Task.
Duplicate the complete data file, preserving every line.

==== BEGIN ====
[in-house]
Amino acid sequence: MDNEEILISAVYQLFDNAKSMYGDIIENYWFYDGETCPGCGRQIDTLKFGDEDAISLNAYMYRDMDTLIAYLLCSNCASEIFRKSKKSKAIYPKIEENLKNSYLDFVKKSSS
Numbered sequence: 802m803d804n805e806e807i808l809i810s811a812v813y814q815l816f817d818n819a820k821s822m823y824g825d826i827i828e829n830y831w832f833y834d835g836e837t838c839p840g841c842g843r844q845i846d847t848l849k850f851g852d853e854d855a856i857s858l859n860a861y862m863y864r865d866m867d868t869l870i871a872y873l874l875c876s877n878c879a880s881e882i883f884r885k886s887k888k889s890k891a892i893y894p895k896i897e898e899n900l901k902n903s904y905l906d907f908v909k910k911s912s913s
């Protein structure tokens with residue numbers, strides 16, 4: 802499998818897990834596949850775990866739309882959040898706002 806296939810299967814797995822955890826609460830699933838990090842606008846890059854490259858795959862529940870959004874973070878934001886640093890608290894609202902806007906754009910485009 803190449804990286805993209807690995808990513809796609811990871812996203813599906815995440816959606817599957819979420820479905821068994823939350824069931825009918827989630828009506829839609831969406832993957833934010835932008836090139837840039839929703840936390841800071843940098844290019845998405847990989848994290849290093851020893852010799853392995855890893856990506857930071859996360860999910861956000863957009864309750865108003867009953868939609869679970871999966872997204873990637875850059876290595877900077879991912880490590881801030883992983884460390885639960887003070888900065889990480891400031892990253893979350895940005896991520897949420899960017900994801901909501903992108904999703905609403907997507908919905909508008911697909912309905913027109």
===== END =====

[in-house]
Amino acid sequence: MDNEEILISAVYQLFDNAKSMYGDIIENYWFYDGETCPGCGRQIDTLKFGDEDAISLNAYMYRDMDTLIAYLLCSNCASEIFRKSKKSKAIYPKIEENLKNSYLDFVKKSSS
Numbered sequence: 802m803d804n805e806e807i808l809i810s811a812v813y814q815l816f817d818n819a820k821s822m823y824g825d826i827i828e829n830y831w832f833y834d835g836e837t838c839p840g841c842g843r844q845i846d847t848l849k850f851g852d853e854d855a856i857s858l859n860a861y862m863y864r865d866m867d868t869l870i871a872y873l874l875c876s877n878c879a880s881e882i883f884r885k886s887k888k889s890k891a892i893y894p895k896i897e898e899n900l901k902n903s904y905l906d907f908v909k910k911s912s913s
């Protein structure tokens with residue numbers, strides 16, 4: 802499998818897990834596949850775990866739309882959040898706002 806296939810299967814797995822955890826609460830699933838990090842606008846890059854490259858795959862529940870959004874973070878934001886640093890608290894609202902806007906754009910485009 803190449804990286805993209807690995808990513809796609811990871812996203813599906815995440816959606817599957819979420820479905821068994823939350824069931825009918827989630828009506829839609831969406832993957833934010835932008836090139837840039839929703840936390841800071843940098844290019845998405847990989848994290849290093851020893852010799853392995855890893856990506857930071859996360860999910861956000863957009864309750865108003867009953868939609869679970871999966872997204873990637875850059876290595877900077879991912880490590881801030883992983884460390885639960887003070888900065889990480891400031892990253893979350895940005896991520897949420899960017900994801901909501903992108904999703905609403907997507908919905909508008911697909912309905913027109």